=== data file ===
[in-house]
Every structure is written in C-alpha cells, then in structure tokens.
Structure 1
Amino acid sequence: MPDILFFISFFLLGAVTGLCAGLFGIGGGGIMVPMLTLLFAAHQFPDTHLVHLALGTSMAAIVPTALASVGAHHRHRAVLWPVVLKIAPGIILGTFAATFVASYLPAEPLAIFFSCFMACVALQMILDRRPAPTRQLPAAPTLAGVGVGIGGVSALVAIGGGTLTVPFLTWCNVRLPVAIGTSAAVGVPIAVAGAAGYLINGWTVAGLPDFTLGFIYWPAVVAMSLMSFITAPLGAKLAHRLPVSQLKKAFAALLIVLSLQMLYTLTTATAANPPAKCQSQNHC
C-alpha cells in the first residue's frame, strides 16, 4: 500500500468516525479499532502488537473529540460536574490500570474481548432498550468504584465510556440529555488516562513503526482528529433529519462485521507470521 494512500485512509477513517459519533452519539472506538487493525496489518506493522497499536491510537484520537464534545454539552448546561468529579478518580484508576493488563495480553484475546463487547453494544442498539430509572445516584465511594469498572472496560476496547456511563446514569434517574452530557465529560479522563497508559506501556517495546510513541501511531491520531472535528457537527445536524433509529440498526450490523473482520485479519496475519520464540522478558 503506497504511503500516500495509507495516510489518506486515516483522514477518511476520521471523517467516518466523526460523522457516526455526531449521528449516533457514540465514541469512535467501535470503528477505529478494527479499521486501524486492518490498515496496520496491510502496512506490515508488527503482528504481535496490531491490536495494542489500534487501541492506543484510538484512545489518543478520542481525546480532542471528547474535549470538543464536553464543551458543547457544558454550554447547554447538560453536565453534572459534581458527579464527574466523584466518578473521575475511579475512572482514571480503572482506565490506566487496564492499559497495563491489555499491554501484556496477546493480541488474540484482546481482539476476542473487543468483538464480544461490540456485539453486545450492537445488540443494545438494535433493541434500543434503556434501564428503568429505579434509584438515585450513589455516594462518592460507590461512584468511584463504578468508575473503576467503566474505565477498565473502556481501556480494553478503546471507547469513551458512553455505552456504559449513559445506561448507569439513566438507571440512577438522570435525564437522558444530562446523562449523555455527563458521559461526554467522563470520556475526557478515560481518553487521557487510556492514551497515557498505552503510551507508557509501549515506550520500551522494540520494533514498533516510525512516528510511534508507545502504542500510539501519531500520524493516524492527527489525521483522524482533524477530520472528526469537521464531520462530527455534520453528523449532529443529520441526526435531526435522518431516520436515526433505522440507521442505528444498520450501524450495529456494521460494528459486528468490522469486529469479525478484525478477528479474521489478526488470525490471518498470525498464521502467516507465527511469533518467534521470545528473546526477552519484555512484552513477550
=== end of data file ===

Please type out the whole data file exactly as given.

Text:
[in-house]
Every structure is written in C-alpha cells, then in structure tokens.
Structure 1
Amino acid sequence: MPDILFFISFFLLGAVTGLCAGLFGIGGGGIMVPMLTLLFAAHQFPDTHLVHLALGTSMAAIVPTALASVGAHHRHRAVLWPVVLKIAPGIILGTFAATFVASYLPAEPLAIFFSCFMACVALQMILDRRPAPTRQLPAAPTLAGVGVGIGGVSALVAIGGGTLTVPFLTWCNVRLPVAIGTSAAVGVPIAVAGAAGYLINGWTVAGLPDFTLGFIYWPAVVAMSLMSFITAPLGAKLAHRLPVSQLKKAFAALLIVLSLQMLYTLTTATAANPPAKCQSQNHC
C-alpha cells in the first residue's frame, strides 16, 4: 500500500468516525479499532502488537473529540460536574490500570474481548432498550468504584465510556440529555488516562513503526482528529433529519462485521507470521 494512500485512509477513517459519533452519539472506538487493525496489518506493522497499536491510537484520537464534545454539552448546561468529579478518580484508576493488563495480553484475546463487547453494544442498539430509572445516584465511594469498572472496560476496547456511563446514569434517574452530557465529560479522563497508559506501556517495546510513541501511531491520531472535528457537527445536524433509529440498526450490523473482520485479519496475519520464540522478558 503506497504511503500516500495509507495516510489518506486515516483522514477518511476520521471523517467516518466523526460523522457516526455526531449521528449516533457514540465514541469512535467501535470503528477505529478494527479499521486501524486492518490498515496496520496491510502496512506490515508488527503482528504481535496490531491490536495494542489500534487501541492506543484510538484512545489518543478520542481525546480532542471528547474535549470538543464536553464543551458543547457544558454550554447547554447538560453536565453534572459534581458527579464527574466523584466518578473521575475511579475512572482514571480503572482506565490506566487496564492499559497495563491489555499491554501484556496477546493480541488474540484482546481482539476476542473487543468483538464480544461490540456485539453486545450492537445488540443494545438494535433493541434500543434503556434501564428503568429505579434509584438515585450513589455516594462518592460507590461512584468511584463504578468508575473503576467503566474505565477498565473502556481501556480494553478503546471507547469513551458512553455505552456504559449513559445506561448507569439513566438507571440512577438522570435525564437522558444530562446523562449523555455527563458521559461526554467522563470520556475526557478515560481518553487521557487510556492514551497515557498505552503510551507508557509501549515506550520500551522494540520494533514498533516510525512516528510511534508507545502504542500510539501519531500520524493516524492527527489525521483522524482533524477530520472528526469537521464531520462530527455534520453528523449532529443529520441526526435531526435522518431516520436515526433505522440507521442505528444498520450501524450495529456494521460494528459486528468490522469486529469479525478484525478477528479474521489478526488470525490471518498470525498464521502467516507465527511469533518467534521470545528473546526477552519484555512484552513477550